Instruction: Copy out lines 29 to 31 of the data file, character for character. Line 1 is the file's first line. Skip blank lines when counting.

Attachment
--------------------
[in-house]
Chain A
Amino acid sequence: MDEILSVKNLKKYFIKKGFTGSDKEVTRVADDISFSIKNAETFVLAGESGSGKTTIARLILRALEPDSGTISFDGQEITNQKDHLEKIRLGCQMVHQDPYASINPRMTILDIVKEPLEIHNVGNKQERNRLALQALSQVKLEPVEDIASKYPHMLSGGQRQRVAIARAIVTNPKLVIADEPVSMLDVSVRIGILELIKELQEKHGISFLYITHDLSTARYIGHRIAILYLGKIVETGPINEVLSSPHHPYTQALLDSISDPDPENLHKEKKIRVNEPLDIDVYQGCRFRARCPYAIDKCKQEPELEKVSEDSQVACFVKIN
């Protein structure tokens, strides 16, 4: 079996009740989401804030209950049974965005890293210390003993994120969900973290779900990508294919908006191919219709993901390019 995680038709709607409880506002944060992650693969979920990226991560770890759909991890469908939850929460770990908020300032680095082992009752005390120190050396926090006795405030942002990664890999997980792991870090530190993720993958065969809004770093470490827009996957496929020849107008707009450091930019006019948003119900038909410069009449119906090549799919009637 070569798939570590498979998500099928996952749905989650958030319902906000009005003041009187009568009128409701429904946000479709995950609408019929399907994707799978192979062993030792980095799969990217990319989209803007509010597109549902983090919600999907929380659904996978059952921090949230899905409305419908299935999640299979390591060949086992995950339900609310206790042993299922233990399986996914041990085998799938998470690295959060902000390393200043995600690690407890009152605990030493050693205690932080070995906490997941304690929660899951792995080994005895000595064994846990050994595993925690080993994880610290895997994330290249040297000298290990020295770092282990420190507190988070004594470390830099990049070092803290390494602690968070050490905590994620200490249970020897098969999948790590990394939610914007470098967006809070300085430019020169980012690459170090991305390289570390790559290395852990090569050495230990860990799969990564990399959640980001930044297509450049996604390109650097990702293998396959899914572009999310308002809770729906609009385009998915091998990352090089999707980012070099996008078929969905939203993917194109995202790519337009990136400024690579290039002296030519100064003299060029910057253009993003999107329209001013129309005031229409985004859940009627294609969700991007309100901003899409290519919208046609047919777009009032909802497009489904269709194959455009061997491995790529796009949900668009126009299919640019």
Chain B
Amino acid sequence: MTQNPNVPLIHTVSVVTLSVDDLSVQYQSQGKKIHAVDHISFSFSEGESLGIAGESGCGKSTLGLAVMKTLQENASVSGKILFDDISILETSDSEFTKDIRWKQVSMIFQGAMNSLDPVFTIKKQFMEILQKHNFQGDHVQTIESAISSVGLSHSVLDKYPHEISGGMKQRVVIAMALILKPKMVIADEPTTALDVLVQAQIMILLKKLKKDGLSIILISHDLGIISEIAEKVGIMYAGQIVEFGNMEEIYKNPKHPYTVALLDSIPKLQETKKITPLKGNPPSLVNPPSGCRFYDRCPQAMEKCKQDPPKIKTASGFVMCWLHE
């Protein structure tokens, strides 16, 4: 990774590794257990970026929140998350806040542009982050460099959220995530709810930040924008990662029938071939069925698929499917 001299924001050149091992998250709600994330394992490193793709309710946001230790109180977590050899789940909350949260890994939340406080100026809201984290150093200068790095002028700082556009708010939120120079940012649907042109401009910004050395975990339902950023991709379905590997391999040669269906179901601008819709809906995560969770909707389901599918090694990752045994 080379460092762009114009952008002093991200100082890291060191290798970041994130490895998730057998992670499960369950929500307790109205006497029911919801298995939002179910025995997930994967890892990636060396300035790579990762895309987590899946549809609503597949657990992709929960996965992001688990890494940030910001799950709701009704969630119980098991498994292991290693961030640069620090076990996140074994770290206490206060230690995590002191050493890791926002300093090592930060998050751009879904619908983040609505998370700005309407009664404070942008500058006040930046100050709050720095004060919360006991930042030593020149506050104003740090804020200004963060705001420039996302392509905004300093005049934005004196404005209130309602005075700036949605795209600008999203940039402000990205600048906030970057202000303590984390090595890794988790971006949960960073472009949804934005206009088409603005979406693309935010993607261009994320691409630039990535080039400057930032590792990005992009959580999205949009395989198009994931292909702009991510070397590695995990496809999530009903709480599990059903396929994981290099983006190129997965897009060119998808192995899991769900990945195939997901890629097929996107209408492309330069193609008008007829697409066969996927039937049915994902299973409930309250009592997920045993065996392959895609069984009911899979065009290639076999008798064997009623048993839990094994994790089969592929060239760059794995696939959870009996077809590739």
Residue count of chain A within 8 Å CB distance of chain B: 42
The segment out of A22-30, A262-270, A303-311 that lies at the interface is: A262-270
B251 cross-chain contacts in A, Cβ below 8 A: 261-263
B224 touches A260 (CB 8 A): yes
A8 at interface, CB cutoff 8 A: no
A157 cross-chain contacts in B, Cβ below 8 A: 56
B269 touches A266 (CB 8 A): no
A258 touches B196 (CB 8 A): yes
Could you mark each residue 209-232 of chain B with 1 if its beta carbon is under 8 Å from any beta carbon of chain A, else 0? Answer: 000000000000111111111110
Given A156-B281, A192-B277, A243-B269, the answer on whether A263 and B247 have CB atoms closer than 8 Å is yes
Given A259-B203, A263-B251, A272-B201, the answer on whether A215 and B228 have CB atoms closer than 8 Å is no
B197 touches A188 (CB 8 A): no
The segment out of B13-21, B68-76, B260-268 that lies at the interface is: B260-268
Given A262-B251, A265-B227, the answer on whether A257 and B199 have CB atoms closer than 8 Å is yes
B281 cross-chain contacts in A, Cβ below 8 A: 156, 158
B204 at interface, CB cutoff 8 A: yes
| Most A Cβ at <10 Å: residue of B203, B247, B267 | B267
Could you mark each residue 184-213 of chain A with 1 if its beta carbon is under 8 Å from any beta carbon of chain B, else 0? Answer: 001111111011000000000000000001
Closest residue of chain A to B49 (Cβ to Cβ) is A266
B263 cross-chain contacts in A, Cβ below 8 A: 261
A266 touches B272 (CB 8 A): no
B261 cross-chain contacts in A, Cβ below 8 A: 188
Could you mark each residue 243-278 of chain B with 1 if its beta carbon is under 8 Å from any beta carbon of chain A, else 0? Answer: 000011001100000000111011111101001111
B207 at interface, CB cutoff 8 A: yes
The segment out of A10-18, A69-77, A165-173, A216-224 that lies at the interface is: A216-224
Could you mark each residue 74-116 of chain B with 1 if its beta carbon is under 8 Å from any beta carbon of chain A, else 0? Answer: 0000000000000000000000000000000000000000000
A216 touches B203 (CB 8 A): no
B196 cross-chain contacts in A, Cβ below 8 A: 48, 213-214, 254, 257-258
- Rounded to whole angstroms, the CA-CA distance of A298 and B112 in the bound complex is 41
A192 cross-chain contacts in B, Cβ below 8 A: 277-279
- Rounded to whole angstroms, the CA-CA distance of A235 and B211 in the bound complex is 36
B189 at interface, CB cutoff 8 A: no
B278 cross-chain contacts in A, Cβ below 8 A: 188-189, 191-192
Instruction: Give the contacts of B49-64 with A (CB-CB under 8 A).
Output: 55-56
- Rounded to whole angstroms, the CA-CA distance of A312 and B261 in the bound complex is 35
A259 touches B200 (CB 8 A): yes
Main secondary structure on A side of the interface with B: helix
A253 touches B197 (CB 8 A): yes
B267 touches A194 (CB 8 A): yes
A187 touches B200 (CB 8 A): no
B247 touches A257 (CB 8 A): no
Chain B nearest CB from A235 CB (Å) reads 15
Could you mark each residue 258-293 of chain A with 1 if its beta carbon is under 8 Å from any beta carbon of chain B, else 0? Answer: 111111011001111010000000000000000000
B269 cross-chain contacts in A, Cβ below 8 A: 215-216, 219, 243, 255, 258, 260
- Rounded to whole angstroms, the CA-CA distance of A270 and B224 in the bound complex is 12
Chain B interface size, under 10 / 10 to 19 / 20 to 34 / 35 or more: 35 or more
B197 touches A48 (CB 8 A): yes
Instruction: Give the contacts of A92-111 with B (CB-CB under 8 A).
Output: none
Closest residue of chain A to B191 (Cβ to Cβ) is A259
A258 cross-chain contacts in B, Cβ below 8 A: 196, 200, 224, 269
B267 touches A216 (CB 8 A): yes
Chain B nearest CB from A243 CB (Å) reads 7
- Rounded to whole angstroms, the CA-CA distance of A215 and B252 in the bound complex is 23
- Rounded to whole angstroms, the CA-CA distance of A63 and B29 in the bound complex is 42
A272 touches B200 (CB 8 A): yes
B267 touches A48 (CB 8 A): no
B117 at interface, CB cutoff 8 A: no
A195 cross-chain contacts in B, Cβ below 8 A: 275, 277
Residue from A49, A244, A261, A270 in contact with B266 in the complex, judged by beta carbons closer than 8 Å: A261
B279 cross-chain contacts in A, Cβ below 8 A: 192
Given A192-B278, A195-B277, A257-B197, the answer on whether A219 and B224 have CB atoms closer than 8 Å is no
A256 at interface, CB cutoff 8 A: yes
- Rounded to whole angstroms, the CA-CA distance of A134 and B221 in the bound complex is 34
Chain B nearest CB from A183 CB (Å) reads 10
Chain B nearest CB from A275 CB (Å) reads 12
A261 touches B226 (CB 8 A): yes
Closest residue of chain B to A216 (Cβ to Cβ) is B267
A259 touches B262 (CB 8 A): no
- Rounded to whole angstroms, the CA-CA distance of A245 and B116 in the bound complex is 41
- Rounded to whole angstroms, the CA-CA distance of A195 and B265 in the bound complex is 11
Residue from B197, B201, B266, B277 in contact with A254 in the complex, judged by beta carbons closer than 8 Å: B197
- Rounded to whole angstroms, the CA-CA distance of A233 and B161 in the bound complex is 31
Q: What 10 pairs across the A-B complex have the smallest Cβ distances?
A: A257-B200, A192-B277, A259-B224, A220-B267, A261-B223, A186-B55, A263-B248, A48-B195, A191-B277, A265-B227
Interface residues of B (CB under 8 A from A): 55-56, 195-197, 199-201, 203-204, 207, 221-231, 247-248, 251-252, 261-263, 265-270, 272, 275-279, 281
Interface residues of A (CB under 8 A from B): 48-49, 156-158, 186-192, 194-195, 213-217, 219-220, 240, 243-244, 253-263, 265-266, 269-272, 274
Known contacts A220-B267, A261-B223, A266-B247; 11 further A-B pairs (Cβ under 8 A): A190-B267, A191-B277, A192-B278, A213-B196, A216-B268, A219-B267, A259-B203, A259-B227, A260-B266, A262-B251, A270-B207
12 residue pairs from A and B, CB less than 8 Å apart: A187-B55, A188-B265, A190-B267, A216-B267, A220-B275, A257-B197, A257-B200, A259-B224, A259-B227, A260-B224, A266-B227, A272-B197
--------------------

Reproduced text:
B261 cross-chain contacts in A, Cβ below 8 A: 188
Could you mark each residue 243-278 of chain B with 1 if its beta carbon is under 8 Å from any beta carbon of chain A, else 0? Answer: 000011001100000000111011111101001111
B207 at interface, CB cutoff 8 A: yes